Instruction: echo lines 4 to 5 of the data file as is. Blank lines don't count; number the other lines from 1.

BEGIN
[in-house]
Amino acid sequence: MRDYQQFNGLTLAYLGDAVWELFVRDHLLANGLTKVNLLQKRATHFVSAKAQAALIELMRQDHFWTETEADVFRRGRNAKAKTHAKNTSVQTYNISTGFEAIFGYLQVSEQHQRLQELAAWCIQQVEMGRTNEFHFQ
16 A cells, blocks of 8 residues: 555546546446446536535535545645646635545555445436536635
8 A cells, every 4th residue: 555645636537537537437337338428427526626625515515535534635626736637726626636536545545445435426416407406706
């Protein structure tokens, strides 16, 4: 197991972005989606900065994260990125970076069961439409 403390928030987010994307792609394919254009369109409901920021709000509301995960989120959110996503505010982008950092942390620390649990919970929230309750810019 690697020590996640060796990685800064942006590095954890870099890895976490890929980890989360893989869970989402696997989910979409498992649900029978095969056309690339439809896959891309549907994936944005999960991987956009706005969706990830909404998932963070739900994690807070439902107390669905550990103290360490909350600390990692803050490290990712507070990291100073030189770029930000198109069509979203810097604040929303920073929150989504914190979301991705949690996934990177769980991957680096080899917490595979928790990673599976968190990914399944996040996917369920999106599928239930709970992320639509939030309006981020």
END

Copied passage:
8 A cells, every 4th residue: 555645636537537537437337338428427526626625515515535534635626736637726626636536545545445435426416407406706
């Protein structure tokens, strides 16, 4: 197991972005989606900065994260990125970076069961439409 403390928030987010994307792609394919254009369109409901920021709000509301995960989120959110996503505010982008950092942390620390649990919970929230309750810019 690697020590996640060796990685800064942006590095954890870099890895976490890929980890989360893989869970989402696997989910979409498992649900029978095969056309690339439809896959891309549907994936944005999960991987956009706005969706990830909404998932963070739900994690807070439902107390669905550990103290360490909350600390990692803050490290990712507070990291100073030189770029930000198109069509979203810097604040929303920073929150989504914190979301991705949690996934990177769980991957680096080899917490595979928790990673599976968190990914399944996040996917369920999106599928239930709970992320639509939030309006981020």